Back-up blog here:
I haven't yet fully thought through the idea that if something can be demonstrated to be absolutely necessary and true on the metaphysical plane, then we must adjust our understanding of revelation accordingly. Again, since this is true of scientific truth, why not metaphysical truth?
Because there are as many metaphysics as there are metaphysicians.
Yes and no. That's like saying there are as many writers as there are people who write. The former is a tiny fraction of the latter. In the case of metaphysics the fraction is even smaller.
Which then leads to the problem of authority, which then circles back to the question of revelation, because God is of necessity the ultimate authority.
Yes, which circles back around to faith, i.e., belief in this or that version of God.
Is there any way out of the circle?
Which one? There are two.
Yes, I forgot. We are always situated in two, one of them closed, the other open. This sounds paradoxical but it's not.
Consider language, for example, or better, the alphabet. It is closed in order to be open. Or the rule of law: we need to have it in order to have liberty.
"The truth shall set you free."
Yes, and sometimes the truth hurts.
And freedom can be painful and frightening, hence feminized progressive statists.
Let's circle back and find out exactly what the Catechism says about this question of truth. What is open and what is closed? The biblical canon, for example is closed. But language itself is always open.
159 Faith and science: "Though faith is above reason, there can never be any real discrepancy between faith and reason. Since the same God who reveals mysteries and infuses faith has bestowed the light of reason on the human mind, God cannot deny himself, nor can truth ever contradict truth."
That seems clear enough.
I'm thinking that if theology is the queen of the sciences, and revelation the king, then perhaps metaphysics is the child, since it's always a product of both. Sophia. But if we're not careful, we end up with something as stupid as this:
Cosmolatry is no better than bibliolatry. In fact, it's considerably worse, since it reduces to vulgar pantheism. As if the cosmos is the Absolute!
And as if human intelligence is reducible to What Science Can Know!
No matter how big your scientistic cosmos, it is a tiny circle compared to the Absolute.
One of the keys to the understanding of our true nature and of our ultimate destiny is the fact that the things of this world never measure up to the real range of our intelligence. Our intelligence is made for the Absolute, or it is nothing (Schuon).
Nor can we help it if our intelligence so surpasses the range of these intelligent primates. For
Intelligence gives rise not only to discernment, but also -- ipso facto -- to the awareness of our superiority in relation to those who do not know how to discern; contrary to what many moralists think, this awareness is not in itself a fault, for we cannot help being aware of something that exists and is perceptible to us thanks to our intelligence, precisely (ibid.).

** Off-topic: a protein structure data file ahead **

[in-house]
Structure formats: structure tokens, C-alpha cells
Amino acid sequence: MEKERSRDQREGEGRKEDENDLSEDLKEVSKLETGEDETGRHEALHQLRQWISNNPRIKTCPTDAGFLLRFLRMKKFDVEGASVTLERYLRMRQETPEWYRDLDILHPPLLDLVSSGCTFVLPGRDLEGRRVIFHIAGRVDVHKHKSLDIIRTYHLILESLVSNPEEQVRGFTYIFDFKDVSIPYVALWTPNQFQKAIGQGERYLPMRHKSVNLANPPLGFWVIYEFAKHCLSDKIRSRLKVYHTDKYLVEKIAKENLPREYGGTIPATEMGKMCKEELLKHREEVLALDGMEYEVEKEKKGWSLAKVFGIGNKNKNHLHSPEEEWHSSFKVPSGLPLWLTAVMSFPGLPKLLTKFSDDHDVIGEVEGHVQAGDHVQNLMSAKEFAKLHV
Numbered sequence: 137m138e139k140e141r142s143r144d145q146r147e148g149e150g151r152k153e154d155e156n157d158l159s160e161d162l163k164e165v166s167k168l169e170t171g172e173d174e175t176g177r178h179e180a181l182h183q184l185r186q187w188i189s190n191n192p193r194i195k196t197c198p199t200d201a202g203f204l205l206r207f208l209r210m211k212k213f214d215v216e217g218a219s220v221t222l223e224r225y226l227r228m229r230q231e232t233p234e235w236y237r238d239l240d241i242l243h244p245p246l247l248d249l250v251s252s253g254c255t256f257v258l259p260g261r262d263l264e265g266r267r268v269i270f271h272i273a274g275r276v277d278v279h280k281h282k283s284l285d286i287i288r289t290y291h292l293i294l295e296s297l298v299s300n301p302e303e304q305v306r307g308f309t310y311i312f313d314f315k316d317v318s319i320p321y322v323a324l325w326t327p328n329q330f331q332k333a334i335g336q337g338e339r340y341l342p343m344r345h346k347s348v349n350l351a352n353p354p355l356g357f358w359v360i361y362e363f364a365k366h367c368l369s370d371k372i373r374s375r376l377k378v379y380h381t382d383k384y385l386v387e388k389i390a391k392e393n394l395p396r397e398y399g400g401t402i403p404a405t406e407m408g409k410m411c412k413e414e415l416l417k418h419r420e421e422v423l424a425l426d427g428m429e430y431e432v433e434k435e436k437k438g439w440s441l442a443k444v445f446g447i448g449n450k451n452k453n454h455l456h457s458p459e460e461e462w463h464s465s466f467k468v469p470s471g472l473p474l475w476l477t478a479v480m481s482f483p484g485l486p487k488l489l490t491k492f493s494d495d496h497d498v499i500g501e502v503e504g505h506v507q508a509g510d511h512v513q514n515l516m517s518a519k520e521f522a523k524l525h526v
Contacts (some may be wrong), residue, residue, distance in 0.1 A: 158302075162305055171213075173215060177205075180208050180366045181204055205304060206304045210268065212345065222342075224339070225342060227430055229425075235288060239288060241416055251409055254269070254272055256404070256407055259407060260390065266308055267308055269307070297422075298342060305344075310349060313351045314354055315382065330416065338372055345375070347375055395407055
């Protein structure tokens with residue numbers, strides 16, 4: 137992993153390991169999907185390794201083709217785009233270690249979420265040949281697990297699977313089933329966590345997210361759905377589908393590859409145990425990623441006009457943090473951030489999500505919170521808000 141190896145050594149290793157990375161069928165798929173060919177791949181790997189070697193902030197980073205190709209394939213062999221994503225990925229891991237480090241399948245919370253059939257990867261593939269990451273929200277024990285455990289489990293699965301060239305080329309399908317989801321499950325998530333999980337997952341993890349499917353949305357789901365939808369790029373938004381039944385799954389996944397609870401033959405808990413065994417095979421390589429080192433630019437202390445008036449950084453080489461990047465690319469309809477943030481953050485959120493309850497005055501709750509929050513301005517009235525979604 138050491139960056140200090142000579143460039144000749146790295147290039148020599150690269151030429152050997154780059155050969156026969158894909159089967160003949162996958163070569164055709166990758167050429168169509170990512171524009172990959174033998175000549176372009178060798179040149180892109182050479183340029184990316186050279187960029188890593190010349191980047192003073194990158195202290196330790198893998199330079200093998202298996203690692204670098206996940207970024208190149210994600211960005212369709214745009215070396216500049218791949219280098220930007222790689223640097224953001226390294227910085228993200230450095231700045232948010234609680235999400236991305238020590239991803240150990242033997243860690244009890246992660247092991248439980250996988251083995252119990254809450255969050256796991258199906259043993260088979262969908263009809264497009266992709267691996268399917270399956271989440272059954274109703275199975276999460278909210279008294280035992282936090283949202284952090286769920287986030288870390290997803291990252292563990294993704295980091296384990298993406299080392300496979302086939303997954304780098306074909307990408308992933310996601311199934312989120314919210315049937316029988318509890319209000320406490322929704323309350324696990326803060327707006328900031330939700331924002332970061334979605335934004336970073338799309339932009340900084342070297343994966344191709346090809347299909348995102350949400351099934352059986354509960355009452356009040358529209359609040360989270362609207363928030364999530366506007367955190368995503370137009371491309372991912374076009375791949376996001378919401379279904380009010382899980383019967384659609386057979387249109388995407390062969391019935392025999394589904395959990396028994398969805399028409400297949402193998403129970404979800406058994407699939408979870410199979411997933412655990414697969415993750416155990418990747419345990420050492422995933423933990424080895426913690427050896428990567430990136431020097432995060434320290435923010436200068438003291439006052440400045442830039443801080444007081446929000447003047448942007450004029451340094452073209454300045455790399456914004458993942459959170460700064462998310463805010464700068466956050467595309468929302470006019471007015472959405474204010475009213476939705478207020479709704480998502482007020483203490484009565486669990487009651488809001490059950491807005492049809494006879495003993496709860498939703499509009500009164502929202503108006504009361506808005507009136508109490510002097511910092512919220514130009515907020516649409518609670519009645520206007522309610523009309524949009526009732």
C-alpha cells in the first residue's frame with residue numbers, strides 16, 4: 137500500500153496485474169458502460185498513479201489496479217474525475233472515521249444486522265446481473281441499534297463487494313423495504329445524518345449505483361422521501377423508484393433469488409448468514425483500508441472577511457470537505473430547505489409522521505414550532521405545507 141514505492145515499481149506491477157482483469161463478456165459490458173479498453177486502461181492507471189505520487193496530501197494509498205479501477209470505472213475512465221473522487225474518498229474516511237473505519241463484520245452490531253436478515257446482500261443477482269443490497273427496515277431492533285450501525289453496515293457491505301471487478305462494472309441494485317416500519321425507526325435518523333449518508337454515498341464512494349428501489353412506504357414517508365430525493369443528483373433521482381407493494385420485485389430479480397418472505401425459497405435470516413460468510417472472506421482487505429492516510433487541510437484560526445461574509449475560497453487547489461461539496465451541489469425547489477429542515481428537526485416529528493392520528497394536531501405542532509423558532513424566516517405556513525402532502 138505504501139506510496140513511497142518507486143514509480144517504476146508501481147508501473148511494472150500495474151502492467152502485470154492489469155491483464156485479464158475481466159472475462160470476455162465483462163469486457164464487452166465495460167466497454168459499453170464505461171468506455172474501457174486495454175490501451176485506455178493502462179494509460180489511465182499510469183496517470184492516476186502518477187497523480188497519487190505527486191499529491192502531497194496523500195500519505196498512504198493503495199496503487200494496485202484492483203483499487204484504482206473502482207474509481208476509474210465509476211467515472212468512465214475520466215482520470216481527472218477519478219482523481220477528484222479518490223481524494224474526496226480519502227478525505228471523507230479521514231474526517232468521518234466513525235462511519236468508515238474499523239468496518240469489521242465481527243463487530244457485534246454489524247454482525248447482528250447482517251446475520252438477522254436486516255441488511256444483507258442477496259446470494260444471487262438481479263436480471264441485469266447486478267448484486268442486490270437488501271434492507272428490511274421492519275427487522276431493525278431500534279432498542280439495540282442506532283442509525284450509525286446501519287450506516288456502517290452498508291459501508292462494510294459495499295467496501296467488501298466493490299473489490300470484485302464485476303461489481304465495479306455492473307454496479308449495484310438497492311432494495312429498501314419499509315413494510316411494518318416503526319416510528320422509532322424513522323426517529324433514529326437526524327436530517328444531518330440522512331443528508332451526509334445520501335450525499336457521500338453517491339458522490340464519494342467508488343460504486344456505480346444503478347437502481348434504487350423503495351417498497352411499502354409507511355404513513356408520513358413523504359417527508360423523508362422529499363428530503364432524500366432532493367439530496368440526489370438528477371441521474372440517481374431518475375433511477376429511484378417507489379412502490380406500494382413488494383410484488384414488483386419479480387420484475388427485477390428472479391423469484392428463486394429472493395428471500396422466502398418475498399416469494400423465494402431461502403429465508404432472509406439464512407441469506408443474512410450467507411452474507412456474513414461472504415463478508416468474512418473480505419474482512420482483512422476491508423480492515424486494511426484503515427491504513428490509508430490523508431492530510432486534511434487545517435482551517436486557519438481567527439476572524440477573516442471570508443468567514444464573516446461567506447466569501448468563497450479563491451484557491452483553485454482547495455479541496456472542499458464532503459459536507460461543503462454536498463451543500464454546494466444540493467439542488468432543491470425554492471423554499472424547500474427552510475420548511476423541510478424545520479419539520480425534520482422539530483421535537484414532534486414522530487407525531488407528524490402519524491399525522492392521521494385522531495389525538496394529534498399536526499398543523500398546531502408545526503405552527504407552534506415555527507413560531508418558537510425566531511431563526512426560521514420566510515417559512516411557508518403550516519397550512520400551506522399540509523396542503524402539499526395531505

And what do we see that they do not see, precisely? That human intelligence is "the certitude of the Absolute," which in turn "implies the relative." And clearly, the latter must always be situated in the former. To invert this necessary relationship is --
Yes, that's a good way of putting it, except that it cannot be taken literally, since stupidity is necessarily relative to Intelligence. Which we say in all humility, since
the same intelligence that makes us aware of a superiority, also makes us aware of the relativity of this superiority and, more than this, it makes us aware of all our limitations. This means that an essential function of intelligence is self-knowledge: hence the knowledge -- positive or negative according to the aspects in view -- of our own nature.
Intelligence and humility covary. Truly, to call oneself a "human being" is simultaneously a boast and a confession. It is the ultimate humble brag, for we live in that ambiguous space between Image and Fall, or between the truly human, the all-too-human, and the infrahuman.
And without the x-factor of grace we can never restore the first and will invariably end in the last:
It is only too evident that mental effort does not automatically give rise to the perception of the real; the most capable mind may be the vehicle of the grossest error.
The paradoxical phenomenon of even a “brilliant” intelligence being the vehicle of error is explained first of all by the possibility of a mental operation that is exclusively “horizontal,” hence lacking all awareness of “vertical” relationships; however, the definition “intelligence” still applies, because there is still a discernment between something essential and something secondary, or between a cause and an effect.
A decisive factor in the phenomenon of “intelligent error” is plainly the intervention of an extra-intellectual element, such as sentimentality or passion; the exclusivism of “horizontality” creates a void that the irrational necessarily comes to fill (ibid.).